reasoned P.R. approach is necessary.

3) A complete and thorough review/overhaul of medical protocol:
This should be obvious and I hope it is already underway, but the
recent dispute regarding Beltran’s knee surgery is just the latest
example of miscommunication and ineptitude in this area. The treatment
of Jose Reyes’ injury was similarly botched and misrepresented by the
team publicly, adding unnecessary drama to the situation.
I don’t doubt that the Mets have some of the industry’s best doctors —
they work with the Hospital for Special Surgery in New York — but I’m
sensing that they are being hamstrung (pardon the pun) by the
indecisiveness of the front office. The process of how injuries are
handled must be addressed and/or modified for clarity. Former reliever
J.J. Putz recently alleged that the Mets asked him not to talk about
his injury with the media, so while that may or may not be true, they
can’t stop players from talking to each other. If the organization’s
current reputation persists, I fear it will continue to keep many
impact free agents away from Queens.

4) Invest in the draft: When I ask Mets fans for their No. 1
criticism of how the team operates, this is often the first thing they
mention. While small-market teams like the Pirates have invested
heavily in the draft in recent seasons, the Mets have routinely refused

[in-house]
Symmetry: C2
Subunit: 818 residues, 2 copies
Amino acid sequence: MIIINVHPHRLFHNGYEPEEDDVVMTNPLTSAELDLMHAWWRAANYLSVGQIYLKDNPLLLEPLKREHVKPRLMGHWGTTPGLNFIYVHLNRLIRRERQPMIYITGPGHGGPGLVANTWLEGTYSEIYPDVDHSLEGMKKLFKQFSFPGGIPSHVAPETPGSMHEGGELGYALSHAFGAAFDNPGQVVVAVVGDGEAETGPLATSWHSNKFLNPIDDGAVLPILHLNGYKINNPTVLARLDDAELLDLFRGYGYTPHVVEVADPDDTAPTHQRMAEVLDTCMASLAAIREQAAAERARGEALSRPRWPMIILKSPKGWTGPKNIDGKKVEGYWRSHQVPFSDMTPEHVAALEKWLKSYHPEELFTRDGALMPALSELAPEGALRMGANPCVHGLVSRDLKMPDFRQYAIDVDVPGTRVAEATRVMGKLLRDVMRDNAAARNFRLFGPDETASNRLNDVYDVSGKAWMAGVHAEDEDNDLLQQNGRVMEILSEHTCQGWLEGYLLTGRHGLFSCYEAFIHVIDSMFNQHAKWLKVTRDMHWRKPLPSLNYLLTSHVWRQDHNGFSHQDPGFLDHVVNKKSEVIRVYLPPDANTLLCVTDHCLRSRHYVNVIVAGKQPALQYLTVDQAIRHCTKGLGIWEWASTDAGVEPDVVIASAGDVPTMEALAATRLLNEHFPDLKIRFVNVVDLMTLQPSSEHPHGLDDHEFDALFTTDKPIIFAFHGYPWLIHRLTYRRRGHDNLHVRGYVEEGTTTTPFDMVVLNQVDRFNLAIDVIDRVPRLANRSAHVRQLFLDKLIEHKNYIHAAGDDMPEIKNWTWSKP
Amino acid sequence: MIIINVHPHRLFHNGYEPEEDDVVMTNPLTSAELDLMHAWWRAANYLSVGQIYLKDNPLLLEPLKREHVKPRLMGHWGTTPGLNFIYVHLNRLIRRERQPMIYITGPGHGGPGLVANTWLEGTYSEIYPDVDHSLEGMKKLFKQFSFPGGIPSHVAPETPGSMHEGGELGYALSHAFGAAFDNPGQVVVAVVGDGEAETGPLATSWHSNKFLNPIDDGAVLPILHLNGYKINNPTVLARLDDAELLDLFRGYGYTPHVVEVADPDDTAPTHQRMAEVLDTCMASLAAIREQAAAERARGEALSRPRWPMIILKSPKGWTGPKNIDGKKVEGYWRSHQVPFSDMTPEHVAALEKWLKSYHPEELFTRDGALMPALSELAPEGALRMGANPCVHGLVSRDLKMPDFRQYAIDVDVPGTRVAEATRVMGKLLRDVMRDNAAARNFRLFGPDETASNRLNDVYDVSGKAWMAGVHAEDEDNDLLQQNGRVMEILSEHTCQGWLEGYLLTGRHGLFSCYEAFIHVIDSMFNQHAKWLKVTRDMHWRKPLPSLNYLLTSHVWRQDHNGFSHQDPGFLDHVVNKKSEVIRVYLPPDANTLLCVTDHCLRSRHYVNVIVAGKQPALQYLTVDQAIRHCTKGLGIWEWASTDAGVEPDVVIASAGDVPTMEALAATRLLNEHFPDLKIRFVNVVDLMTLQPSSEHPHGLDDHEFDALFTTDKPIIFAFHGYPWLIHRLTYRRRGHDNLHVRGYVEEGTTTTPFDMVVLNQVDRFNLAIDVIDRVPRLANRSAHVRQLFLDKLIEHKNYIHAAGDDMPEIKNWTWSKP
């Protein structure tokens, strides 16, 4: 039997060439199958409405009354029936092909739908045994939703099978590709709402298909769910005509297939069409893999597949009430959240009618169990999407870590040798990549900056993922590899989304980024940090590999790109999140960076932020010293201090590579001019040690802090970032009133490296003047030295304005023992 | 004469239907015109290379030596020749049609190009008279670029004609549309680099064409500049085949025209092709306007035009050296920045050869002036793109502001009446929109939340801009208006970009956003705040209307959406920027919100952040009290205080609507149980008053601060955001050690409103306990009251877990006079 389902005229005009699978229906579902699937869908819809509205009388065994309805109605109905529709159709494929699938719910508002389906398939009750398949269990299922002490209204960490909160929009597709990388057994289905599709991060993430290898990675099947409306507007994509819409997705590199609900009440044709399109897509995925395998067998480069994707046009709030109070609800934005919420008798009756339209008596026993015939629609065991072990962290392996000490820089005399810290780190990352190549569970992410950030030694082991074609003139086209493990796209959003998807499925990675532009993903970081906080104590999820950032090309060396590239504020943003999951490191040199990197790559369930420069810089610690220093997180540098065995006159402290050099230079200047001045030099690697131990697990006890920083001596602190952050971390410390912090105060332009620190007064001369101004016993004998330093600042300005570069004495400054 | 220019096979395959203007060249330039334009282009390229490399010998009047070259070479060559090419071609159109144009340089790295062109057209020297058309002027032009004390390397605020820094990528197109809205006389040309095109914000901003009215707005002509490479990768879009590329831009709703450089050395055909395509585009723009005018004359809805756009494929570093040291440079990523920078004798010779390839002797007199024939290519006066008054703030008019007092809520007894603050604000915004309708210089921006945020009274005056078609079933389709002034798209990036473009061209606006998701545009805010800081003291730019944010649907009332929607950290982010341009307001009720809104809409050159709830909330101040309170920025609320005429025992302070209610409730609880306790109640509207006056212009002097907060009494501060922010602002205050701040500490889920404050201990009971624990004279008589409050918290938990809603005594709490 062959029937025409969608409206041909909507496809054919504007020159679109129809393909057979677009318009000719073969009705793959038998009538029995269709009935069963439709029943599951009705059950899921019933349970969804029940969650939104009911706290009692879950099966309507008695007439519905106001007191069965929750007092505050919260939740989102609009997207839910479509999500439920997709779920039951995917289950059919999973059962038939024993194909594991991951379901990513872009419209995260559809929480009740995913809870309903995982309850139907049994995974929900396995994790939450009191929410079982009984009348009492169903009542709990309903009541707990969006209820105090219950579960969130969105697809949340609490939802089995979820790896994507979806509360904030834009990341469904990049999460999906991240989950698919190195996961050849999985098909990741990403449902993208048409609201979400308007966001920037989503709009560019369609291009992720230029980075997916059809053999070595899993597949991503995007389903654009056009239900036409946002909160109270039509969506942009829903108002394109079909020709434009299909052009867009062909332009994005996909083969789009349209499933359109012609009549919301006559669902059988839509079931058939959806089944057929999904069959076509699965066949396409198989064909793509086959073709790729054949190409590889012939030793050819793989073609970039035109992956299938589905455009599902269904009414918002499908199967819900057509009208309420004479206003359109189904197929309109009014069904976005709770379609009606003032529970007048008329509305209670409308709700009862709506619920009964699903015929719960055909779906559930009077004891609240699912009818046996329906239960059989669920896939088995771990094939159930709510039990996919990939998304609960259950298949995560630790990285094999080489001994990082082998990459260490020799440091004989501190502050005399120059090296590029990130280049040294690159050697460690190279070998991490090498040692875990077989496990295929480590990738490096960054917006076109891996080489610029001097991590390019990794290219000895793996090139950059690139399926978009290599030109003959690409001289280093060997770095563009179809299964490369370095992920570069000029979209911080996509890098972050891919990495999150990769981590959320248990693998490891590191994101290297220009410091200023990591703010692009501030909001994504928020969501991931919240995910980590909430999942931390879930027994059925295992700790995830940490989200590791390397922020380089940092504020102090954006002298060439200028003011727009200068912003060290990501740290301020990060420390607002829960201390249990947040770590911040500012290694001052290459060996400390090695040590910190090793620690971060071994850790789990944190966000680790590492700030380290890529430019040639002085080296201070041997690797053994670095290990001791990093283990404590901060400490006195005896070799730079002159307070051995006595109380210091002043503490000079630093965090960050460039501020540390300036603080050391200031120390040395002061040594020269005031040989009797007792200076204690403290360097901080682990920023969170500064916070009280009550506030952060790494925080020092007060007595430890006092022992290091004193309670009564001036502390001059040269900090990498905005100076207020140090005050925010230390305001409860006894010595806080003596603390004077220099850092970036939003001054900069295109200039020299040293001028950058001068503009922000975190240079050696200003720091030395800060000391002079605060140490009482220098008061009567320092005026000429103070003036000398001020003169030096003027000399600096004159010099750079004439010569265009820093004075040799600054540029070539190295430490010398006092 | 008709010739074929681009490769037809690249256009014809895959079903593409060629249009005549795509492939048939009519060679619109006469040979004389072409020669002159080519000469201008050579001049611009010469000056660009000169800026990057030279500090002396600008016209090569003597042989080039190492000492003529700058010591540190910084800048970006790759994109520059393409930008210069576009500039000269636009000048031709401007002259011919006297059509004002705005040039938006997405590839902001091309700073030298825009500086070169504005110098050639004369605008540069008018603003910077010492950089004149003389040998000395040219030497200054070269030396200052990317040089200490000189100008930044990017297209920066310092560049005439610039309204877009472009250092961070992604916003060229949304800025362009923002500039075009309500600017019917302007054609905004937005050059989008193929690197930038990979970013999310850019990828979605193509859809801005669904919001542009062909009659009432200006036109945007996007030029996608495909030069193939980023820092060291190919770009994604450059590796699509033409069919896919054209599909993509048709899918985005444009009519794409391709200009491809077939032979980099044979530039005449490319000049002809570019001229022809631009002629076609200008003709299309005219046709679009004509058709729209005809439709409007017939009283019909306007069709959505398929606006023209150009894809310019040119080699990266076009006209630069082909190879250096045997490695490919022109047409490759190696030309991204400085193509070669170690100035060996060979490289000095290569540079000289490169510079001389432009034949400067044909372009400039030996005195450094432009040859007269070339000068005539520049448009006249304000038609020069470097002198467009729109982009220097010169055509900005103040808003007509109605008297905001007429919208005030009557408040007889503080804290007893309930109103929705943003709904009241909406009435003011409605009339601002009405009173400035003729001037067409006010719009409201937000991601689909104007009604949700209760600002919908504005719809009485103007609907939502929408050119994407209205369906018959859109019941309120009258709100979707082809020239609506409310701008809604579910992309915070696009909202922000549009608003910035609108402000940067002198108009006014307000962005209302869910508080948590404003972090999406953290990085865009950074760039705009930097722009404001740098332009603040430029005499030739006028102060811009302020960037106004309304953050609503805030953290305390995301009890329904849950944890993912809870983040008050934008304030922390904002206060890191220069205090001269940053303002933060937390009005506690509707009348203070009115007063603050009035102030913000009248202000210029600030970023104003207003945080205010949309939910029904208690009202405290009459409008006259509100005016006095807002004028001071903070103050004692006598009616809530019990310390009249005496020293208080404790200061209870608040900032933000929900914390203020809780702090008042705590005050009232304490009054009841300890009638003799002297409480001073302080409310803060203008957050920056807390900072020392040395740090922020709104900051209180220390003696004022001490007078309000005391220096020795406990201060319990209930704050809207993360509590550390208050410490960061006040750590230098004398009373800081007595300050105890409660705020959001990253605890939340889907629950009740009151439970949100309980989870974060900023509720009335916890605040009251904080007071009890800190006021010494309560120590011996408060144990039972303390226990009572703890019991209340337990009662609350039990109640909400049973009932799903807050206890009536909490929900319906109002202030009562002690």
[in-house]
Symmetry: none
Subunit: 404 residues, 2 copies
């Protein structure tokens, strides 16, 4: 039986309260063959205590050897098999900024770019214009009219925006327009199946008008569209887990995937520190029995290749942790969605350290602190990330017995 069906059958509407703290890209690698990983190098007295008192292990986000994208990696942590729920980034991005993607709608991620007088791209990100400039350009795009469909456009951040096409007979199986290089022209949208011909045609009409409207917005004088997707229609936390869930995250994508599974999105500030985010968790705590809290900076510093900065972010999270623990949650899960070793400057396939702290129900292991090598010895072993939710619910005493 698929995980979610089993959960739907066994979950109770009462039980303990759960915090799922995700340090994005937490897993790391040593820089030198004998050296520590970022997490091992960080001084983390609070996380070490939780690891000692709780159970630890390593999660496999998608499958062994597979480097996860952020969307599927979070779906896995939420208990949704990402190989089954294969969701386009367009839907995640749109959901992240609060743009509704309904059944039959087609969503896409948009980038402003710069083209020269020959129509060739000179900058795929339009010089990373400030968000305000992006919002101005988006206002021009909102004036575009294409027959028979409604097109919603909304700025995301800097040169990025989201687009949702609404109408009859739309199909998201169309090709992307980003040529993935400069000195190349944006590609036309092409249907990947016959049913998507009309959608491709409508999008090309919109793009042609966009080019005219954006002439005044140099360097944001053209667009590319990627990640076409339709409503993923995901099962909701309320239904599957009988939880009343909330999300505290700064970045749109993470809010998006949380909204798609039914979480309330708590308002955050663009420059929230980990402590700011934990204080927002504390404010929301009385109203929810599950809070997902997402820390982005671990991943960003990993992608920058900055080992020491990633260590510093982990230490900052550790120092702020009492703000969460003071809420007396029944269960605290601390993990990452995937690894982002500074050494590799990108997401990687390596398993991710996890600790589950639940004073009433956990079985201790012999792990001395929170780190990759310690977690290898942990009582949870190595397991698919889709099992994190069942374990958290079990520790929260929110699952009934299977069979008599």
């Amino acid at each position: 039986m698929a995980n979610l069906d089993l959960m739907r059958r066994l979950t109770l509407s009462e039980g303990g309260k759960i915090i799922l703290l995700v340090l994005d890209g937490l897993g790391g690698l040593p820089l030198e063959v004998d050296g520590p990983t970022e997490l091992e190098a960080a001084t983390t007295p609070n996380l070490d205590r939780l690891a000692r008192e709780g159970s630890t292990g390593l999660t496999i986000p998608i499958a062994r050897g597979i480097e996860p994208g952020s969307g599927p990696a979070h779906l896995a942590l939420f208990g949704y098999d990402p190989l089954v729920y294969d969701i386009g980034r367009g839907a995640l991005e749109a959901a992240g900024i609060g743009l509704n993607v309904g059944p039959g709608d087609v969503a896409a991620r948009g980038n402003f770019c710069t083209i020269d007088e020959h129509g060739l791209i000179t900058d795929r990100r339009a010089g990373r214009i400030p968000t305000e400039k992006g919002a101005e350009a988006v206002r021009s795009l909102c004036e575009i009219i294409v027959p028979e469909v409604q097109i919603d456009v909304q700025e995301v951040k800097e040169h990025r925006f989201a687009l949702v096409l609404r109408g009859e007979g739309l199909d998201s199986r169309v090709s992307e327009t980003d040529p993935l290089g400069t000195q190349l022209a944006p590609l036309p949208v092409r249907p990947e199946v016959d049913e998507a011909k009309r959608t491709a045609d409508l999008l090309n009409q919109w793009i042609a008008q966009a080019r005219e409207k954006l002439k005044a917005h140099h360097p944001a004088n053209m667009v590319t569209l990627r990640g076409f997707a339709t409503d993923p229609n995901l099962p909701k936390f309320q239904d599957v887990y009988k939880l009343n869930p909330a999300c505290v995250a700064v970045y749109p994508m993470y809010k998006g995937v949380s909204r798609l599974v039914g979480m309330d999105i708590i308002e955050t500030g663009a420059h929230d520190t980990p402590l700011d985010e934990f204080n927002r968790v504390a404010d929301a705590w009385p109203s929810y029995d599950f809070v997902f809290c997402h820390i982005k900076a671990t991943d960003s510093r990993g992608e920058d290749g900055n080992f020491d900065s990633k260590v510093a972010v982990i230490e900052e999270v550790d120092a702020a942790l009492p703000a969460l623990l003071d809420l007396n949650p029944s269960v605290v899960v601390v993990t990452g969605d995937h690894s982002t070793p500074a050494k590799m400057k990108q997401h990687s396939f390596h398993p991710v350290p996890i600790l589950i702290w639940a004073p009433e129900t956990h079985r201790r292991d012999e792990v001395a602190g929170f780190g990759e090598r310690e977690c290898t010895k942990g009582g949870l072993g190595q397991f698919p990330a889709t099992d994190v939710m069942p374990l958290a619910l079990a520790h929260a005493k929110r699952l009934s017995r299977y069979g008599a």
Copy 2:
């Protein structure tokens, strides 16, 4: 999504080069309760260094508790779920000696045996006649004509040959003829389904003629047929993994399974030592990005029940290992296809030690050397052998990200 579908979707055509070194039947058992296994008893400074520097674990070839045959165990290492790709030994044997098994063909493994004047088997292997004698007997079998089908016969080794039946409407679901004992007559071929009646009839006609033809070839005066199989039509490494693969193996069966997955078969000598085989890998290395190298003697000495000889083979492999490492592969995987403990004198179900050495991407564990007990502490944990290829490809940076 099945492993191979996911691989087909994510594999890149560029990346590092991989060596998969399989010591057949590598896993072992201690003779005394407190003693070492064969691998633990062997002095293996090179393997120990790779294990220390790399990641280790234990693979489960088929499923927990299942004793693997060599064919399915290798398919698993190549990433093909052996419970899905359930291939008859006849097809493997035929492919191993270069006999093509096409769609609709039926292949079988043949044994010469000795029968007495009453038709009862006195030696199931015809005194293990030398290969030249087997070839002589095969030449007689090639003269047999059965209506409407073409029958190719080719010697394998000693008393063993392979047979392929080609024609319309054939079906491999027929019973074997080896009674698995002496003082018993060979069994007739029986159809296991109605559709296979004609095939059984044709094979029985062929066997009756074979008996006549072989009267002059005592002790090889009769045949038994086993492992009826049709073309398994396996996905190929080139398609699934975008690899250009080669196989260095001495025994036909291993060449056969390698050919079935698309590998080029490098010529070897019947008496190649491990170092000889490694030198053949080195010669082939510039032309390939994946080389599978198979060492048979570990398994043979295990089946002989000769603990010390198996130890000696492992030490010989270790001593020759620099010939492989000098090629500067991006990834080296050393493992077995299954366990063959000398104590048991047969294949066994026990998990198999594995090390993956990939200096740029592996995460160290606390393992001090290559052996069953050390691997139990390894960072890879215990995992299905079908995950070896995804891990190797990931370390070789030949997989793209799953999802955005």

to surpass the slot recommendations passed along by the commissioner’s
office, resulting in a lack of quality depth throughout the minor
league system. As recently as last season, the Mets spent less in the draft than any other major league team, failing to sign a pair of promising young pitchers
in the process. Getting on the Mets for declining to pony up on a
mediocre catcher like Barajas is one thing, but this is a troubling
blueprint for success. If they weren’t active internationally, it would
be crippling.

5) Bridge the disconnect between fans and the front office: There was recently an unnamed member of the front office who expressed disappointment
that the Mets failed in their efforts to land catcher Bengie Molina in
free agency. Meanwhile, anybody with a pulse and an internet connection
would know that the fans were overwhelmingly opposed to such a signing.
I’m not advising the front office to listen to the fans on every major
acquisition, but we’re witnessing a franchise that is completely out of
key with the tenor of their fanbase. They’ve made an effort this winter
to address concerns about the team’s lack of identity in the new